After months of emailing individual writers their writing assignments and fiddling with Google Sheets, With Content began using Airtable and Zapier to automate its processes so writers were informed of assignments immediately. Jan also came to us to take over and digitalise their bookkeeping processes, which she says enabled her to “cut the time spent bookkeeping in half” so she could focus on strategic duties, like financial planning, budgeting, and tightening sales processes.
3. Audit your subscription tools
At the same time, you should consider using automation tools only when doing so drives real ROI. Many marketers like to work with the best (and more expensive) tools to implement new strategies and do things more efficiently. But with the global economy unlikely to recover to pre-pandemic levels anytime soon, it may be worth nixing your subscription tools in favour of free alternatives.
Admittedly, subscription-based tools usually offer more features and better customer service, but plenty of free tools out there can get the job done.
For example, Buffer offers a free plan for social media management, allowing you to access three social media channels and schedule up to 10 posts. Canva will let you create infographics and publication materials for free, albeit with fewer advanced features compared to the Adobe suite. For email marketing, you can use HubSpot to manage your campaigns.
4. Take advantage of grants and government support
Media companies can apply for grants and programmes offered by government agencies and the private sector.
For example, the Infocomm Media Development Authority, in partnership with Mediacorp, Singapore Press Holdings, and Viddsee, launched the Public Service Content (PSC) Fund to support the local media sector. The fund also encourages the production of educational content that promotes Singaporean social values, culture and heritage, cross-cultural awareness, social harmony, and Singapore identity.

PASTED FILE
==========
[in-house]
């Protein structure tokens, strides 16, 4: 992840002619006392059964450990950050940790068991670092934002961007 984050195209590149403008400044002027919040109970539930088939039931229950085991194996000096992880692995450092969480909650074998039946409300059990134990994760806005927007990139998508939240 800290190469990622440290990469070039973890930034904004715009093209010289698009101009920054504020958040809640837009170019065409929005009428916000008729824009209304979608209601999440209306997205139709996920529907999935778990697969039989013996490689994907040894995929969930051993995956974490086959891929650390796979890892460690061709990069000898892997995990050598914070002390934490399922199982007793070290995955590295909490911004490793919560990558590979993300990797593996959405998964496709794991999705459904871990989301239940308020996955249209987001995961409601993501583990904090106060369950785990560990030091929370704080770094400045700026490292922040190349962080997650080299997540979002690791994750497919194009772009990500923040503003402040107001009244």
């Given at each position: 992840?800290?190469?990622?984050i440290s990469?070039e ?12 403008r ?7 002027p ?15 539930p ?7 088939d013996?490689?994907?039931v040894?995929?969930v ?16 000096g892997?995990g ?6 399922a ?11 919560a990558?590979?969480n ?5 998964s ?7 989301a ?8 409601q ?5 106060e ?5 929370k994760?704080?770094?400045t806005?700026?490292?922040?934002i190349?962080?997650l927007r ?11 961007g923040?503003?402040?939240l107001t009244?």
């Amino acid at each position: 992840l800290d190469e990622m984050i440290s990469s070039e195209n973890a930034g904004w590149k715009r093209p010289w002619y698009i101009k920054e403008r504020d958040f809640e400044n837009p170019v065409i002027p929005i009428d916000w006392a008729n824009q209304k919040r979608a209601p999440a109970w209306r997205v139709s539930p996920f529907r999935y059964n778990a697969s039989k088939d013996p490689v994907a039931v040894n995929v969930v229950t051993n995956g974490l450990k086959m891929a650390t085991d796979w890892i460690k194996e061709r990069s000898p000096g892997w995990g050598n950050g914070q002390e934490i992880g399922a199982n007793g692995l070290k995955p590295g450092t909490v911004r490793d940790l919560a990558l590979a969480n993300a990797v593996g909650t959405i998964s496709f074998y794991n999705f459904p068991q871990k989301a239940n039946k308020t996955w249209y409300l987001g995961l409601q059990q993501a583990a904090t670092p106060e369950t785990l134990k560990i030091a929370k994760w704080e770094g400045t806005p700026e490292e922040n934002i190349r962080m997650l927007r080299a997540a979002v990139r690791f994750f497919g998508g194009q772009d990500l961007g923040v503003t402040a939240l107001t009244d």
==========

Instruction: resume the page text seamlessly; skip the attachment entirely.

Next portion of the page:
5. Outsource business processes
Covid-19 has created a watershed moment for business outsourcing. Small and midsize enterprises have been reducing overhead expenses—and outsourcing non-core functions, such as recruitment, IT support, accounting, has emerged as a key strategy for maintaining and even improving business agility.
Simply put, outsourcing allows your media enterprise to focus on core processes that drive growth and recovery.
More recently, we were brought in by Grimm & Company, Foodpanda’s marketing partner, to help manage their accounts. A side project turned into a main hustle, Grimm & Company needed an accounting specialist to help scale the rising agency’s accounting processes.
Over to you
SMEs in the media sector will want to focus on their core work in a post-pandemic world while being open to untapped revenue streams. The crisis is also a reminder that the digitalisation of content creation and distribution is here to stay, providing the impetus for media companies to reinvent their organisations and their business models.
As accountants, we’ve handled the financial accounts of media SMEs so we know what you’re going through. Get in touch with the Harvest Accounting team to learn how we can help simplify your accounting workloads.